A 7-DAY-OLD boy presented with a 1-day history of poor breast-feeding. He was alert, with cold extremities, reduced skin turgor (Figure 1), dry mucous membranes, and a sunken anterior fontanelle. His weight was 2.66 kg, representing a loss of 25% from birth. The plasma sodium level was 174 mmol/L; urea nitrogen, 40 mmol/L (112 mg/dL); creatinine 111 µmol/L (1.25 mg/dL); leukocyte count, 12.3 ×109/L; and fibrinogen, 0.98 g/L (reference range, 1.5-4.5 g/L).
A blood culture was performed prior to administration of intravenous broad spectrum antibiotics. He was treated with intravenous fluids containing 40-mmol/L sodium, at 275 mL/kg per day. Ten hours after admission, his plasma sodium level had fallen to 156 mmol/L and 4 hours later the neonate had 2 brief generalized seizures. Rectal diazepam, intravenous mannitol, and phenytoin were given. He became apneic and required tracheal intubation, mechanical ventilation, and was transferred to the pediatric intensive care unit.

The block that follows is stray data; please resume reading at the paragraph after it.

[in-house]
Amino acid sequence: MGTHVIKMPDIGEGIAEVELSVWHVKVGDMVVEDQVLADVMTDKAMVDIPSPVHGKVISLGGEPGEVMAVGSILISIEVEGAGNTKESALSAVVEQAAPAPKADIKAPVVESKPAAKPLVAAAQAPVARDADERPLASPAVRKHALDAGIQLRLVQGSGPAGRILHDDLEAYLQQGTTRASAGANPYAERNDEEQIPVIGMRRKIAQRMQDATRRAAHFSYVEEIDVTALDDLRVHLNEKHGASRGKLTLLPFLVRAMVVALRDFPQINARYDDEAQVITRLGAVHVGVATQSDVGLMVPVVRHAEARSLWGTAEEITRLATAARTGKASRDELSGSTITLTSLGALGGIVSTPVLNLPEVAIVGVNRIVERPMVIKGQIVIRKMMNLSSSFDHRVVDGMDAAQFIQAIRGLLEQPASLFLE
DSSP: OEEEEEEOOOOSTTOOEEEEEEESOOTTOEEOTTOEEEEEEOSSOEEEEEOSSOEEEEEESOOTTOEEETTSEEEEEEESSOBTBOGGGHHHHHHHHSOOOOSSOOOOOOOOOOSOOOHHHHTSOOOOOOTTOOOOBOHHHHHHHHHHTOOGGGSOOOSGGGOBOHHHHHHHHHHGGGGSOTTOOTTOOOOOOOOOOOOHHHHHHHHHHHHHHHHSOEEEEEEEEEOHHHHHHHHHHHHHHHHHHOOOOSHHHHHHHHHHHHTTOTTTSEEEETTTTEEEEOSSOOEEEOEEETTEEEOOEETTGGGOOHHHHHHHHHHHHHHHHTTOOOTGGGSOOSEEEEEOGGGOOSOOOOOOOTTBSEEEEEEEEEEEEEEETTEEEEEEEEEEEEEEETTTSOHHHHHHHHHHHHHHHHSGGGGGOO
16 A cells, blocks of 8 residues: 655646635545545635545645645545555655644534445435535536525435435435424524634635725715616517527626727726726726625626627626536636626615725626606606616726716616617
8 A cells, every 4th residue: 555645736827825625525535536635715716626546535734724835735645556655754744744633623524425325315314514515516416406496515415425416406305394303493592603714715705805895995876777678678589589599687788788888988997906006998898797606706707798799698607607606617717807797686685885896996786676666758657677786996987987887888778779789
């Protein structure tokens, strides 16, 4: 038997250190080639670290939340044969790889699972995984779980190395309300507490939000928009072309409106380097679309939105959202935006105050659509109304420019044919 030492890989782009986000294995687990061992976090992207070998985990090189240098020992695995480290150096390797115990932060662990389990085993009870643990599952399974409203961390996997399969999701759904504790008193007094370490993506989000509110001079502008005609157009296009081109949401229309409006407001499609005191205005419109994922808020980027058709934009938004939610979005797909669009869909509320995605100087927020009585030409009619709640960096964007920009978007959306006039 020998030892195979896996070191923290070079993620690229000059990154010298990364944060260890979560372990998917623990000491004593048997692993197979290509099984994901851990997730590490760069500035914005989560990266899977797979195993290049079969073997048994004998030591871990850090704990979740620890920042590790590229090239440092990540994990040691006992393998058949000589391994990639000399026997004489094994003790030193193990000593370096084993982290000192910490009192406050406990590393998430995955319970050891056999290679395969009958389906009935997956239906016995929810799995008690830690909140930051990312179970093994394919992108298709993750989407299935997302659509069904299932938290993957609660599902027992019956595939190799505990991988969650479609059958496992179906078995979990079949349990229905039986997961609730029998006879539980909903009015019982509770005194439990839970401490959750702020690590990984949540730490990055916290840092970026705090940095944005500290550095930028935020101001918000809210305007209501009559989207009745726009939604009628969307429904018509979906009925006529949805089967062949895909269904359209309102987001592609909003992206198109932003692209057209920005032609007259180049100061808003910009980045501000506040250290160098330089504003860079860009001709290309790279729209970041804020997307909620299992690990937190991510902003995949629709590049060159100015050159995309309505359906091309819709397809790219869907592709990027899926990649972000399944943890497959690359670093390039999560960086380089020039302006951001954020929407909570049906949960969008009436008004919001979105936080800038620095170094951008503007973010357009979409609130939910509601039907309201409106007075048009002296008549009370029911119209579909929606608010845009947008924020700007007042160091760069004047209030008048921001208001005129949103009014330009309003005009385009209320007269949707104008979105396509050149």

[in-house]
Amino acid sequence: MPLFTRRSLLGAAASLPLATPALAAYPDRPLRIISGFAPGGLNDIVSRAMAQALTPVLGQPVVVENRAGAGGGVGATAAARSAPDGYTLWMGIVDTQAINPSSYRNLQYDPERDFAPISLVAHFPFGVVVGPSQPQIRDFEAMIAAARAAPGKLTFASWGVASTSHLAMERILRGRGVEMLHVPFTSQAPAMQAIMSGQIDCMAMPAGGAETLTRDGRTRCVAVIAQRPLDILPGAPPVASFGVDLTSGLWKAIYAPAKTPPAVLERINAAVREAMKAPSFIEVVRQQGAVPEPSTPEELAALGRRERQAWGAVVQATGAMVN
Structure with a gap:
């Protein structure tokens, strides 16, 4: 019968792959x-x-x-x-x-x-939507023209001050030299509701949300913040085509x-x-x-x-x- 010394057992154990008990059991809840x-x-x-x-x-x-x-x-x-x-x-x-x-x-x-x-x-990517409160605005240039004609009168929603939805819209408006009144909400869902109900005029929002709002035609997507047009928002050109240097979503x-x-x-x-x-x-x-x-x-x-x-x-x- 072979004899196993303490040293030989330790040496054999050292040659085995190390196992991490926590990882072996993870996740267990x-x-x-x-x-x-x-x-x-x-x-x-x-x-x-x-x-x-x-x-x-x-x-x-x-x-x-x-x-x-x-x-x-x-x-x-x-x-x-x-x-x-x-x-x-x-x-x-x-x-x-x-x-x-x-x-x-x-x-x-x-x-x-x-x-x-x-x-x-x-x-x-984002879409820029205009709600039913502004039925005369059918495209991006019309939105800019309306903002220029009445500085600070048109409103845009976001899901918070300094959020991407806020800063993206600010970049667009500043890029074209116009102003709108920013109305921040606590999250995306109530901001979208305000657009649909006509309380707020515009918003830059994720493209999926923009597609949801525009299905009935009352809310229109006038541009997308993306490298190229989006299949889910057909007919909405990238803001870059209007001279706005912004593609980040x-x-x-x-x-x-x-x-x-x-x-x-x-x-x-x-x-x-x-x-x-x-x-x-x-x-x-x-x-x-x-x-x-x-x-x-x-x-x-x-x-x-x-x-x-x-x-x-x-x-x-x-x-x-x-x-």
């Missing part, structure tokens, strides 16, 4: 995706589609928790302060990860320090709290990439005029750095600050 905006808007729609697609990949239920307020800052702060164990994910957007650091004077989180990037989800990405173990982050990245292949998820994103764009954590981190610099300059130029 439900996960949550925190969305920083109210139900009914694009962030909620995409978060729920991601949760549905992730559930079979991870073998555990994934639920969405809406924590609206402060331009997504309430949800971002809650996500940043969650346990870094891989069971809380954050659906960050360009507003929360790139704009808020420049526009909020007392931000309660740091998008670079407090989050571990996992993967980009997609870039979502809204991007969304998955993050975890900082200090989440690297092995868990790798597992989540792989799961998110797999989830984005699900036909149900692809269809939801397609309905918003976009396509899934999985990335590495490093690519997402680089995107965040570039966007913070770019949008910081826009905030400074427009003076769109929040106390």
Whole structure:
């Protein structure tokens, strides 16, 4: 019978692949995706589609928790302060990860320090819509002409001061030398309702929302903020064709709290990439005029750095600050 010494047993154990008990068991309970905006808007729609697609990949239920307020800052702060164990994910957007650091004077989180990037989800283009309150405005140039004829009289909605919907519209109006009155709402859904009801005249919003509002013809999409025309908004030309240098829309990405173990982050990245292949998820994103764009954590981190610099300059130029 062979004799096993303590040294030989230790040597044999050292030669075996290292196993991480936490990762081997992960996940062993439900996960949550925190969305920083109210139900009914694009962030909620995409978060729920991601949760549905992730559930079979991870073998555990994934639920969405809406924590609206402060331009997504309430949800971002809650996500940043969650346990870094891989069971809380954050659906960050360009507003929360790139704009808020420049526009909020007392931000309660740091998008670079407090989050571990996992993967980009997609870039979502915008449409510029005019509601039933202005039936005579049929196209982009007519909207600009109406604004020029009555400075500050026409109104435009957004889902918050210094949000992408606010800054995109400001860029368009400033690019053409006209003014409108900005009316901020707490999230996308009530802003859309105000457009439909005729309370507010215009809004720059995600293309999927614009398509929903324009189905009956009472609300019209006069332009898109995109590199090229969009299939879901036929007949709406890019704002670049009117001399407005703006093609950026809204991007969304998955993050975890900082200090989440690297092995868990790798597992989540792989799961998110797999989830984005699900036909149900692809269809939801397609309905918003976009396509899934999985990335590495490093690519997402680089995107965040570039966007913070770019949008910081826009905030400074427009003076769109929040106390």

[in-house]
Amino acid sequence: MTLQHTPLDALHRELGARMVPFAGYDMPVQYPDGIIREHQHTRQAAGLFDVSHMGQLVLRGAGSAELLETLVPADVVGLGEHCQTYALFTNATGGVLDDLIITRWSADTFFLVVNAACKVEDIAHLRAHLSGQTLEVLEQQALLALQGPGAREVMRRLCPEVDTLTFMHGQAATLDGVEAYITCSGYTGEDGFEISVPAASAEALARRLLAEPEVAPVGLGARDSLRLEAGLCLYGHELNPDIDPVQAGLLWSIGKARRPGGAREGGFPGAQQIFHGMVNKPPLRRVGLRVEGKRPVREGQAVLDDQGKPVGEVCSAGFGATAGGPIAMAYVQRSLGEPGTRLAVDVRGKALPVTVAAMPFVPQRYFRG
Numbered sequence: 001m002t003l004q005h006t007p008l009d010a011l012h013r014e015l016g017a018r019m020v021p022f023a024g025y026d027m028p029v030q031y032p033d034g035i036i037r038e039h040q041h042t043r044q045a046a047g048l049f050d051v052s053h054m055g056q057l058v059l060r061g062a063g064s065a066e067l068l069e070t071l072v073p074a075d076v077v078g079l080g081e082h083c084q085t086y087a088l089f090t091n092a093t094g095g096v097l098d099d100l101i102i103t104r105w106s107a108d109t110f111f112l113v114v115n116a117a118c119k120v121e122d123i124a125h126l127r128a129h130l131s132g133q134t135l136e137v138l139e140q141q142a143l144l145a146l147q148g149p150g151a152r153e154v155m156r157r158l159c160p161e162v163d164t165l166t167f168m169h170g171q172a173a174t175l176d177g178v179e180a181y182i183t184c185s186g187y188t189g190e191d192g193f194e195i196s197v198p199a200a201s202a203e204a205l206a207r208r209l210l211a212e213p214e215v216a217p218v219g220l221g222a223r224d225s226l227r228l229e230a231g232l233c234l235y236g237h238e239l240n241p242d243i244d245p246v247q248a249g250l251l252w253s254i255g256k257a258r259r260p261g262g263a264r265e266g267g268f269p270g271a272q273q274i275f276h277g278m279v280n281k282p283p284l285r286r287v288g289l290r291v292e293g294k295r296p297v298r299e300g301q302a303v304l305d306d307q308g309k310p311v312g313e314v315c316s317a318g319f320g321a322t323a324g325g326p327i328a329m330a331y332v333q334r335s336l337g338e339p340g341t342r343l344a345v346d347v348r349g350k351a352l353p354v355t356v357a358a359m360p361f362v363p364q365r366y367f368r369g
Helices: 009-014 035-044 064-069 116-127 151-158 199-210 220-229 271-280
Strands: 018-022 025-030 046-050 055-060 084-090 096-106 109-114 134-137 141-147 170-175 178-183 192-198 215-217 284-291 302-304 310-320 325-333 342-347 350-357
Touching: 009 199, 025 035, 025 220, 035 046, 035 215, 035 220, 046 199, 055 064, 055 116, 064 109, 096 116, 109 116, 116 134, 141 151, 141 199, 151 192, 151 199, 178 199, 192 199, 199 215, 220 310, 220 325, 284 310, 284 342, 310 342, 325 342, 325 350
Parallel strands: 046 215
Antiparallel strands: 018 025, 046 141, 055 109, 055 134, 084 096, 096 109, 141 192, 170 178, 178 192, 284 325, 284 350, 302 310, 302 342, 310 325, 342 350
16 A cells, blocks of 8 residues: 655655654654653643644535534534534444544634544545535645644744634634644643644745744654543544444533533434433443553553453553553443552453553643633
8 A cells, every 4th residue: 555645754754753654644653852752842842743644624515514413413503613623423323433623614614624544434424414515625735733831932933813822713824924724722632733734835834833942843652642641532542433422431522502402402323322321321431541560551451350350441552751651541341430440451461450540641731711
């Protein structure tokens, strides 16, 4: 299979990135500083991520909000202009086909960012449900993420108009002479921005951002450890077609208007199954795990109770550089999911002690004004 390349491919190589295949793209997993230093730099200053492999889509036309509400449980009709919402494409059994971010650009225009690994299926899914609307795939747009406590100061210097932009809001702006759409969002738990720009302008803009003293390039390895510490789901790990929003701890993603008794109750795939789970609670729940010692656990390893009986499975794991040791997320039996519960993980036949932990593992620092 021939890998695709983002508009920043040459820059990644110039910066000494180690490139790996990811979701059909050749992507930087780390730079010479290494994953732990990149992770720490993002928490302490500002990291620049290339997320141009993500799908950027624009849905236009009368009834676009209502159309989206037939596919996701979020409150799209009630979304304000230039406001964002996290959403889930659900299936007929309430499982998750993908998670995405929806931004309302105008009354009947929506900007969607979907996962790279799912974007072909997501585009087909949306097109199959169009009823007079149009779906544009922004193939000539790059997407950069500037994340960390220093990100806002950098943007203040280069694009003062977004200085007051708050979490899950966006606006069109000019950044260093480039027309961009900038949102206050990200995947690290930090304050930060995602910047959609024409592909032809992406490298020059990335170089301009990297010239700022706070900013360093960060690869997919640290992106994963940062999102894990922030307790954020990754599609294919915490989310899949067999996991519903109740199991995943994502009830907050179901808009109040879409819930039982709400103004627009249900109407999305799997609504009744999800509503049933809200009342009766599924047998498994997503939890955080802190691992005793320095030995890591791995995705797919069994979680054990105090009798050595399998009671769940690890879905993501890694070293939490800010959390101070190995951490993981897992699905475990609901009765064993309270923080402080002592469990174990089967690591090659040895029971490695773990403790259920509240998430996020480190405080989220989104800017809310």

Renal diagnostic ultrasound showed no abnormalities. A cranial sonogram showed effacement of the subarachnoid spaces indicating moderate cerebral edema. An unenhanced computed tomogram (CT) of the brain also demonstrated cerebral edema, and high density and enlargement of the superior sagittal sinus with sparing of the anterior portion (Figure 2). A diagnosis of acute sagittal sinus thrombosis was made. A subsequent color Doppler sonogram also demonstrated absence of flow in the superior sagittal sinus, except in the anterior portion. The sagittal sinus with color flow signal in adjacent cortical arteries is shown (Figure 3).
Intravenous fluids with 140-mmol/L sodium were given during a 72-hour period to correct dehydration. He was treated with ventilatory support and intravenous antibiotics for 2 days. One day after admission, the urinary sodium level was 50 mmol/L and urinary osmolality was 723 mmol/kg. His mother expressed very small volumes of breast milk, with a sodium content of 16 mmol/L. The plasma sodium approached more normal levels during the next 4 days, as progressively more hypotonic fluids and enteral feedings were given.
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